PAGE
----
Sailing and rowing were popular activities on the Gladstone harbour (Port Curtis). Regattas were often held on Separation Day (10 December) in the 1870s. By 1890 regattas were held annually on Easter Monday. These were the forerunners of the more recent Brisbane to Gladstone Yacht Race held over the Easter weekend. Rowing was also popular on the harbour. Twenty four people with an interest in rowing or sailing met on 3 April 1941 at Feros' Paramount Café and formed the Port Curtis Aquatic Club. Shortly after that the club sought permission from the Gladstone Harbour Board to place a set of rails in Auckland Creek for launching and retrieving boats. The war led to a downturn in sailing activities, but the club reformed in 1946. Members quickly realised that sailing was the main interest so on 3 September 1947 it was renamed the Port Curtis Sailing Club. Fund raising to build a clubhouse commenced and the club asked the Gladstone Harbour Board for a site. In July 1948 the Gladstone Town Council agreed to grant the remainder of the Reserve for Baths (between the baths and Auckland Inlet) to the Gladstone Harbour Board, provided the council could continue to access the drainage pipes for the baths. The baths which had been built by the council in 1936 were situated at the corner of Goondoon and Lord Streets. By granting the remainder of the reserve to the Harbour Board, the council was in essence, providing a site for the sailing club on the harbour front.

In 1948 the Queensland Cruising Yacht Club (QCYC) approached the Port Curtis Sailing Club with a proposal to establish a race between Brisbane and Gladstone. This was to be the first ocean racing event in Queensland. Gladstone Mayor Jack O'Malley was enthusiastic about the proposal, although he had little local support initially. The sailing club began planning for the event, with a particular focus on the finish of the race which was to be at the Auckland Point Jetty. Six weeks prior to the event, Gladstone was hit by a destructive cyclone. The sailing club still wanted to proceed with building a club house and wrote to the Harbour Board in March 1949 seeking clarification of the dimensions of the land it intended to lease to the club for its clubhouse. In April 1949 the club made a request to the Gladstone Town Council for number of substantial trees knocked over by the cyclone on Council land. Council agreed and these trees were used in the construction of a clubhouse.

The inaugural Brisbane to Gladstone Yacht Race was held at Easter 1949. No Gladstone yachts participated in the race although a number of locals crewed on the winning boats. Despite particularly heavy weather, the race was deemed a success and plans were made by the Port Curtis Sailing Club and the QCYC to ensure it was an annual event. As local interest in sailing grew, so did the need for a Gladstone club house. In 1950 a resurvey was undertaken of the Gladstone baths (R.270, Portion 22) and the land between the baths and Auckland Inlet. The latter was to be the site of the Port Curtis Sailing Club Clubhouse, but vested as a Reserve for Harbour Purposes (R.301, Portion 119).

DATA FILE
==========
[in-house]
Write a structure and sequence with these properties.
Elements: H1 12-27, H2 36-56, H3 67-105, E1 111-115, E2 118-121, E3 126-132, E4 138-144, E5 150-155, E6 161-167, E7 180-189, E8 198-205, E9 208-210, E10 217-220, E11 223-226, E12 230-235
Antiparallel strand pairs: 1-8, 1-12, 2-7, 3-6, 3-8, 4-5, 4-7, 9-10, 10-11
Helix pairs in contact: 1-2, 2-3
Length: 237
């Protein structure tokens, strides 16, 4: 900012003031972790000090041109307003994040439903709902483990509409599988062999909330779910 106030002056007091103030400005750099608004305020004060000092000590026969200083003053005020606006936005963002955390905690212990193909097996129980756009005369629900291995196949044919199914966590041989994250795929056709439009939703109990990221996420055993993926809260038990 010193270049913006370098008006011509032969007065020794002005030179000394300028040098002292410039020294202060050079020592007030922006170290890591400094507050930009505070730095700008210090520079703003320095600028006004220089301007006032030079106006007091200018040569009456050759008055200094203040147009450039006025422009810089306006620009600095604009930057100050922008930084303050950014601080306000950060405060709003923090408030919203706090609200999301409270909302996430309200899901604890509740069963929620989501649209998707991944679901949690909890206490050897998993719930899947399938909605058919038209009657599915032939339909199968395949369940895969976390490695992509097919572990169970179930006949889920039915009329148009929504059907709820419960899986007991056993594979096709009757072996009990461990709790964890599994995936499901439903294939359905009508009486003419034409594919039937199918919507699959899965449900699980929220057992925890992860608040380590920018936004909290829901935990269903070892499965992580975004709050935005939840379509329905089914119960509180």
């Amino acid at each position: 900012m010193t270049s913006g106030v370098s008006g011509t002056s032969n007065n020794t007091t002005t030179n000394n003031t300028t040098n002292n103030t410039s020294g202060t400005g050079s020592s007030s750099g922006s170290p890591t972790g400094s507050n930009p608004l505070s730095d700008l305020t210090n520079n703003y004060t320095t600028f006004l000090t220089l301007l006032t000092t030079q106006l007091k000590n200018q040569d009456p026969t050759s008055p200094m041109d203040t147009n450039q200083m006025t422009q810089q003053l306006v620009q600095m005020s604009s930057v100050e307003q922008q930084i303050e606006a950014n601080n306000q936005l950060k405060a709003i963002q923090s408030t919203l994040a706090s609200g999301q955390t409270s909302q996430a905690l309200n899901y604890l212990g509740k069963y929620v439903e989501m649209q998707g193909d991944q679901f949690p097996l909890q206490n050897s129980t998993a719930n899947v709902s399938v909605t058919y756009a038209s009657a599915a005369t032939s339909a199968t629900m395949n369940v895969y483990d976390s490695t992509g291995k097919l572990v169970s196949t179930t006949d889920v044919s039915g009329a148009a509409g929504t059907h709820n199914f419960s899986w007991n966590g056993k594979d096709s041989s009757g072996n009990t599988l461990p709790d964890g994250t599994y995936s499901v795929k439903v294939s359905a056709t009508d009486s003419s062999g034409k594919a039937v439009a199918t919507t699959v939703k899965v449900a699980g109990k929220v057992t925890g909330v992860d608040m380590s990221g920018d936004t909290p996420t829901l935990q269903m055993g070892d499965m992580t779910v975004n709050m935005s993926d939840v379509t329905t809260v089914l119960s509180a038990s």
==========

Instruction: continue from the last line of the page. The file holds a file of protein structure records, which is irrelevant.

Club members continued to procure more trees felled during the 1949 cyclone, this time from local graziers with family interests in the club. Members were involved in the long process of milling the logs. In 1953 land was reclaimed for a clubhouse. The fill came from Auckland Hill, which had been successively excavated for fill over the years, particularly in the 1950s. Locals drew up a basic design for the clubhouse, initially for a single-storeyed boat and gear shed. When extra timber was procured, architect Phil Hanman refined the plans to include two storeys with a dance hall on the top floor. While the initial funds were raised through debentures, the construction of the dance hall was specifically to provide an income stream for the club. Other fundraising means included art unions, dances, socials and door knocking for donations.

The Gladstone Port Authority lent the club a pile driver and timber piles were driven into the reclaimed land to depths ranging between 8 and 15 feet. In 1954 the piles were capped with concrete and the construction of the frame work began. All work was done by volunteer labour and supervised by professional tradesmen. Building materials were sourced through a number of means including donations from local businesses. Construction was inhibited by post-war building material regulations, in which all available materials were destined for housing. At first, permission was only granted to build and roof the lower storey, with the upper floor waiting until material shortages eased. One section of the building was completed by 3 May 1955 and club members were able to move in.